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Research Seminar

Moa Bursell & Fredrik Jansson: Ethnic Homophily and Social Influence in Workplace Preferences


Moa Bursell is a postdoctoral researcher in Sociology at the Institute for Futures Studies and a member of the Stockholm University Linnaeus Centre for Integration Studies (SULCIS). Fredrik Jansson has a PhD in Applied Mathematics and is currently a postdoctoral researcher in Analytical Sociology at the Institute for Analytical Sociology at Linköping University.

Ethnic Homophily and Social Influence in Workplace Preferences - An Experiment on Mechanisms of Workplace Segregation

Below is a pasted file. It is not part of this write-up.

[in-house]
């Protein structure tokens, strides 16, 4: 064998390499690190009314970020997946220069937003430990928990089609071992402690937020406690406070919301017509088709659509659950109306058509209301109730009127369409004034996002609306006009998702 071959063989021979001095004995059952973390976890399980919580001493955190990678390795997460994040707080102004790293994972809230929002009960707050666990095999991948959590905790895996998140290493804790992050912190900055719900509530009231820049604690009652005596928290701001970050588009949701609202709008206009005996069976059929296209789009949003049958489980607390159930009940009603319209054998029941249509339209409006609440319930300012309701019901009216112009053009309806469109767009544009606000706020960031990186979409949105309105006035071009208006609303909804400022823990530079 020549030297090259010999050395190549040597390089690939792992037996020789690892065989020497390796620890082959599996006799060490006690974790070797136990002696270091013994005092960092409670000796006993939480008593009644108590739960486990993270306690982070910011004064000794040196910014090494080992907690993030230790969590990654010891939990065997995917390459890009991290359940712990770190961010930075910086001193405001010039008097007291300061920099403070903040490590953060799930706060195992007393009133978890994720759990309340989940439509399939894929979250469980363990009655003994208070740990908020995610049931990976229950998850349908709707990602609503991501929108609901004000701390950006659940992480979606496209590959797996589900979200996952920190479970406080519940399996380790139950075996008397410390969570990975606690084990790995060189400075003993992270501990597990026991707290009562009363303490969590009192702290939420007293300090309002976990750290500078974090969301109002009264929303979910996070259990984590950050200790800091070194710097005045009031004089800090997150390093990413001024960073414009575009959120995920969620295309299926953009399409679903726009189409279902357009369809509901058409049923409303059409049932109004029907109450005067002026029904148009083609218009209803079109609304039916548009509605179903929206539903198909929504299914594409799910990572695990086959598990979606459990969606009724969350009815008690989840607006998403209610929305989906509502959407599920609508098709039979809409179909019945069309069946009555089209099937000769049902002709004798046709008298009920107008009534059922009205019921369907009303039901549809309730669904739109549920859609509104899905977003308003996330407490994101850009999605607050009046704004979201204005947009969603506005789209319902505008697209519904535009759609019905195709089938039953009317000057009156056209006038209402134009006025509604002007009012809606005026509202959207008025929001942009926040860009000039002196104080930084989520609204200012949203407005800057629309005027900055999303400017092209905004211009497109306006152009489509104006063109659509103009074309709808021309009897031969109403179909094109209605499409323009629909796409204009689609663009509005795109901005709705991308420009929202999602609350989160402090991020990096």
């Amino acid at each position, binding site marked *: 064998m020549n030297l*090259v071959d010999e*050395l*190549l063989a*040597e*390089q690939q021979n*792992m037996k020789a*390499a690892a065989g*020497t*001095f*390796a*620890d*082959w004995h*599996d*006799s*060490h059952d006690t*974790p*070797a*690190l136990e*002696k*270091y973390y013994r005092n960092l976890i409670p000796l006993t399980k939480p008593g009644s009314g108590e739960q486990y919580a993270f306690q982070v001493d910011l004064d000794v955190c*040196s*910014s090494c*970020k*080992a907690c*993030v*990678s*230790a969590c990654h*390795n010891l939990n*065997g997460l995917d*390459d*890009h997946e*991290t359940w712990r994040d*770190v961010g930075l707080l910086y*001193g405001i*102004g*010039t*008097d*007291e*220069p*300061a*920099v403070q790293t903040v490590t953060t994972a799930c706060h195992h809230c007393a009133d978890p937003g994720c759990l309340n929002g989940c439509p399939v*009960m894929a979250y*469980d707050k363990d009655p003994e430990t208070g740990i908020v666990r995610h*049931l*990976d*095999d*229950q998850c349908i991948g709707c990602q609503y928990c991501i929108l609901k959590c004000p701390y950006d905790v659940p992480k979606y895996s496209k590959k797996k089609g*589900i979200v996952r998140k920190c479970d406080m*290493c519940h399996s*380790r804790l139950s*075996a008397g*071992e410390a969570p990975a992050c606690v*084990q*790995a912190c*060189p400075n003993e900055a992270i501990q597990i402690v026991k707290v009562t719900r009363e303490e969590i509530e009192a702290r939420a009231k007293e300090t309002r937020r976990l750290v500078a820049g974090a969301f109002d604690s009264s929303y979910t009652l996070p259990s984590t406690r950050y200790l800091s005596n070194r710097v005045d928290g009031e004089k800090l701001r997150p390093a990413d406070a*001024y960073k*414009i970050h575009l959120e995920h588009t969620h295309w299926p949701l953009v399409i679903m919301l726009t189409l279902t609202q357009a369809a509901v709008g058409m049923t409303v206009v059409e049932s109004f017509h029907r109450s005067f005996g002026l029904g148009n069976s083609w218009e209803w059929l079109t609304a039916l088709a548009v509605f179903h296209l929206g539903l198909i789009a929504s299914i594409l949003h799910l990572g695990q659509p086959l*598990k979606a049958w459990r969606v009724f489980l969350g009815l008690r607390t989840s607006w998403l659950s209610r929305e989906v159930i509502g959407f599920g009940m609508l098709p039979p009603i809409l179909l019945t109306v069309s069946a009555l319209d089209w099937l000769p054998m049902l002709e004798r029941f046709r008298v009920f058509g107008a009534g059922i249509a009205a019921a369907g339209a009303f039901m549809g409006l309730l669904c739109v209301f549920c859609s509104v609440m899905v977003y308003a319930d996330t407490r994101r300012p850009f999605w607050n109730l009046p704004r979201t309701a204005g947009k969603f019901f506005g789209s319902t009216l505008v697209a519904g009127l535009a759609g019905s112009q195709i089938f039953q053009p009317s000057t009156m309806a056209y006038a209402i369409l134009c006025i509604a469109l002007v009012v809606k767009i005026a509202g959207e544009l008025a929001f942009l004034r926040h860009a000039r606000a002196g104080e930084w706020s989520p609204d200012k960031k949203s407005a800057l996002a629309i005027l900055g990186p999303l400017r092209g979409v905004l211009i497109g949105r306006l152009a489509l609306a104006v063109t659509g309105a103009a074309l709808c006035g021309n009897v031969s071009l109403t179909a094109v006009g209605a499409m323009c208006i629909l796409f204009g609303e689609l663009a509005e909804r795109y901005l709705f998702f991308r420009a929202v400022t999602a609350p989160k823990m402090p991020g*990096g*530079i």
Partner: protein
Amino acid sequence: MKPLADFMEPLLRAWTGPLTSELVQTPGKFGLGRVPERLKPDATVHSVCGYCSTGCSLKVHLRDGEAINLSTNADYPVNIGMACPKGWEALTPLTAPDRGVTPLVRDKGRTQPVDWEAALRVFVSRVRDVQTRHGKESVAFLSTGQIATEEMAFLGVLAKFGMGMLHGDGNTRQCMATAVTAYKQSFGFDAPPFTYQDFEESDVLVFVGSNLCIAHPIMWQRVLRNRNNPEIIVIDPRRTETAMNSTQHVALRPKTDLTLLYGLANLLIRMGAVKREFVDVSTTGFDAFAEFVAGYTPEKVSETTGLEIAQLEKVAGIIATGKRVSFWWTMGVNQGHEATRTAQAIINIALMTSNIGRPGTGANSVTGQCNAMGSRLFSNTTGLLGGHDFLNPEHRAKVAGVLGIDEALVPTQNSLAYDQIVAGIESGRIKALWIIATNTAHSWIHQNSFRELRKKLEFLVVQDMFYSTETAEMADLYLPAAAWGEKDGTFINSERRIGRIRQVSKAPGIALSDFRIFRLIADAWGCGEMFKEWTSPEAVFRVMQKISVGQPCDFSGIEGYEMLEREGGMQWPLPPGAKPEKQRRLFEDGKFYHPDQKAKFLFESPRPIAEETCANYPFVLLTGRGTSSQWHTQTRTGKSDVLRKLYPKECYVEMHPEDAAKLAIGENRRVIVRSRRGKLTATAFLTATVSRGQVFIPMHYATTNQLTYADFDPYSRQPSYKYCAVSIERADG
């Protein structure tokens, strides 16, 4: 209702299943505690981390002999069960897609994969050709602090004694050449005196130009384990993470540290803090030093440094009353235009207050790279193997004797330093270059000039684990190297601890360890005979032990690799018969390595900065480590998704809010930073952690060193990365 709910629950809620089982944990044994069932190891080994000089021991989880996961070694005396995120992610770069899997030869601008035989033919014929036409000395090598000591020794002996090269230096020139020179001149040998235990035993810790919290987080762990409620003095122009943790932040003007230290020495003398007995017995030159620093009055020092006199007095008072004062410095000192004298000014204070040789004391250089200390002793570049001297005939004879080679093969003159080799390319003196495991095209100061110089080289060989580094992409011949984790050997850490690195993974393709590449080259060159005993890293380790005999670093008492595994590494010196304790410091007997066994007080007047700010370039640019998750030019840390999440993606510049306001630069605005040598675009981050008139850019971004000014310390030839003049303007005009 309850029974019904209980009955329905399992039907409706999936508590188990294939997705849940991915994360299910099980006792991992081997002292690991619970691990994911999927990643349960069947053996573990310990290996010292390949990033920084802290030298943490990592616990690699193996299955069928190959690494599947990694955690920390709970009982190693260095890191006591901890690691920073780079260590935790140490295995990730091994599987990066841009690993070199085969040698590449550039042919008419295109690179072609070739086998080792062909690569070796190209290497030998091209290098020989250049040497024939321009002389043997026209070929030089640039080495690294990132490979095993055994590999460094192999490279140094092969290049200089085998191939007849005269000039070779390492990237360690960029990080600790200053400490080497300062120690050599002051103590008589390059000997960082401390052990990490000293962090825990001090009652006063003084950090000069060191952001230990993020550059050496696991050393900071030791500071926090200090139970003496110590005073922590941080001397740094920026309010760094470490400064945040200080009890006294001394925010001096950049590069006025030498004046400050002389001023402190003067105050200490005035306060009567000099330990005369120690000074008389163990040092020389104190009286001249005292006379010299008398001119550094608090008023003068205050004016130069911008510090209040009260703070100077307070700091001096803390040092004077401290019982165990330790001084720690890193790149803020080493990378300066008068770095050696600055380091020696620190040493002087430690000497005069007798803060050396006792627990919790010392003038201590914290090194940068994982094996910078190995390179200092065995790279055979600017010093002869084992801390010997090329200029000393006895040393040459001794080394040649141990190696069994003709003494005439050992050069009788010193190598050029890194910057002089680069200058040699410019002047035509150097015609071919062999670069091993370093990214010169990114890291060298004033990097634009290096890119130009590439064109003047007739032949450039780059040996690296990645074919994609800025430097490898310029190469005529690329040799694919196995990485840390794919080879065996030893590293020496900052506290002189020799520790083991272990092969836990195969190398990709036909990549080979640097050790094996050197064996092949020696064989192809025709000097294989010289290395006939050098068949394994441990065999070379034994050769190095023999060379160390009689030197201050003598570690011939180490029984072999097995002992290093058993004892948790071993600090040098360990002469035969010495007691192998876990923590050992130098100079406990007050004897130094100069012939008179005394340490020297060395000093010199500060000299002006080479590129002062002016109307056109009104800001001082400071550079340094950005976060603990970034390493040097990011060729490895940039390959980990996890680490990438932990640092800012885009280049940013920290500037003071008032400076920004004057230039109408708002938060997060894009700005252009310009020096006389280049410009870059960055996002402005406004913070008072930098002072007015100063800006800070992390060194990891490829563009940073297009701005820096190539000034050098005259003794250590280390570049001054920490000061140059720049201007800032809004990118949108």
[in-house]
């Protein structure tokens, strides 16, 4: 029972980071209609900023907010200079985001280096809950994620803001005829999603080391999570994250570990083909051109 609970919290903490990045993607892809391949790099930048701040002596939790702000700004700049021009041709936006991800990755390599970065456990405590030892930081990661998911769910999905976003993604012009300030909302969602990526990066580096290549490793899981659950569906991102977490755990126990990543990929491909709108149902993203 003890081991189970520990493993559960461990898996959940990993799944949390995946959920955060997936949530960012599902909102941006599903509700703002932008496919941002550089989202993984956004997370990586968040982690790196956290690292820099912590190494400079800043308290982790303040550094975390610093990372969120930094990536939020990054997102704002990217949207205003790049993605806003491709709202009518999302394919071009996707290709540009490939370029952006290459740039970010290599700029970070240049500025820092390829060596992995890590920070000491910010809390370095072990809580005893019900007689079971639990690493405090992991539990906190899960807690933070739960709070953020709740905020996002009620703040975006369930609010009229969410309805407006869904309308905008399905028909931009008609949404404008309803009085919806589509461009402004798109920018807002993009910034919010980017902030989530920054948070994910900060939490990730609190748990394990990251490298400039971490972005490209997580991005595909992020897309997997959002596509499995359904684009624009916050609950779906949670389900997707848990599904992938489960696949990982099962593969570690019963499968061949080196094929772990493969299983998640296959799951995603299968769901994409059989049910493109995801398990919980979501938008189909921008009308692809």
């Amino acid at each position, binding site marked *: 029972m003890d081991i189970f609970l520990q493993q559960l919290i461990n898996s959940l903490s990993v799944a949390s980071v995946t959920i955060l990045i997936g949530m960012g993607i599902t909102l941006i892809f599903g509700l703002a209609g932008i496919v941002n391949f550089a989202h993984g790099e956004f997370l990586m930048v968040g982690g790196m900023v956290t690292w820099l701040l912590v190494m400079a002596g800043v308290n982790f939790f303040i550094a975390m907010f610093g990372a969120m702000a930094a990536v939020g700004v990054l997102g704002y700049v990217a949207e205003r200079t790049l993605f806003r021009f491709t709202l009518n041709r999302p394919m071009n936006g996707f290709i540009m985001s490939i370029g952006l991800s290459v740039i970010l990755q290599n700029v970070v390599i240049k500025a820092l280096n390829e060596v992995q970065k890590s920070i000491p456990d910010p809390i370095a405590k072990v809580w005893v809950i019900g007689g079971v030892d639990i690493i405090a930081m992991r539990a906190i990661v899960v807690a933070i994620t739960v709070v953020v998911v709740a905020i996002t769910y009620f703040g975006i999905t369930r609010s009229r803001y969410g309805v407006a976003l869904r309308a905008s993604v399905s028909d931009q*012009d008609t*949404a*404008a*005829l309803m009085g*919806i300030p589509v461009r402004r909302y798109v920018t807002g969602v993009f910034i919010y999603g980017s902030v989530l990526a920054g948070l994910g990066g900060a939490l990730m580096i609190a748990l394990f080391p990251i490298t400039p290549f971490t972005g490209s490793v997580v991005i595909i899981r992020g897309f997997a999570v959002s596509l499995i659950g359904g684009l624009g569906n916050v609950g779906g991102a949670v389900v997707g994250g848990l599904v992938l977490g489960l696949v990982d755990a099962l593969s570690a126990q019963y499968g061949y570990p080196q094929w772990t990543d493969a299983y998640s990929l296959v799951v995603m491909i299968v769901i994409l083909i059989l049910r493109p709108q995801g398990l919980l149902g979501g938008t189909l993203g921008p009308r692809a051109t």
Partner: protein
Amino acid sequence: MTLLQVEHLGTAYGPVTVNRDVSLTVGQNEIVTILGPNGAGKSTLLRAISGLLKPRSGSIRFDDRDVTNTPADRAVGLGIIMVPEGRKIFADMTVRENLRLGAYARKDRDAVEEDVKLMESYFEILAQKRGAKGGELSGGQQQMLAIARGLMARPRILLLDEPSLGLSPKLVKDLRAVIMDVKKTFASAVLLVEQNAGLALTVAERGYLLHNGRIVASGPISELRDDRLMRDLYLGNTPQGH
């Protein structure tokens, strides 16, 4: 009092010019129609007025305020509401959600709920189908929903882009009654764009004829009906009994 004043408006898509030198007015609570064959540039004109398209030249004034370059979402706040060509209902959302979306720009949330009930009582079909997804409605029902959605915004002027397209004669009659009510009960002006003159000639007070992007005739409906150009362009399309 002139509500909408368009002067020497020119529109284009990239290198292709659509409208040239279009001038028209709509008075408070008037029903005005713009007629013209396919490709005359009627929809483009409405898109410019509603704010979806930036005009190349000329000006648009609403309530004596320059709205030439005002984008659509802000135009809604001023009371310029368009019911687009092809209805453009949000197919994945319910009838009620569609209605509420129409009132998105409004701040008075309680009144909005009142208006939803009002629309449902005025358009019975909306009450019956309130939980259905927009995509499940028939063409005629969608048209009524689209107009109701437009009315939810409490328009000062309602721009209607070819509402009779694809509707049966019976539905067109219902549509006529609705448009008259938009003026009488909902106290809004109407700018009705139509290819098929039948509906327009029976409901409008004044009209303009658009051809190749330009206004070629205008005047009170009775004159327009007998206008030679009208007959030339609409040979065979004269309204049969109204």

This is a study about social influence and the gendered nature of ethnic workplace segregation. We use theories of homophily, status construction and social influence to explain Americans’ workplace preferences. Using an online-survey posted at Amazon Digital Turk, we find that European American respondents i) prefer to work with ethno-racially similar others, while individuals from minority groups preferred a more heterogeneous workplace composition. ii) Women are slightly preferred over men in general, and minority women are preferred over minority men in particular, and iii) male respondents expressed stronger preferences for European American colleagues than did women. We also find that for European Americans, ethno-racial preferences were not very stable: introducing social influence, we found that iv) attitudes can be altered both ways and the social information effect stayed with the respondents after the survey was completed. Minority attitudes were much more resistant to social influence. We also identified a couple of ideal types for the allocation of colleagues – preferences for: complete segregation, bounded integration and tokenism.

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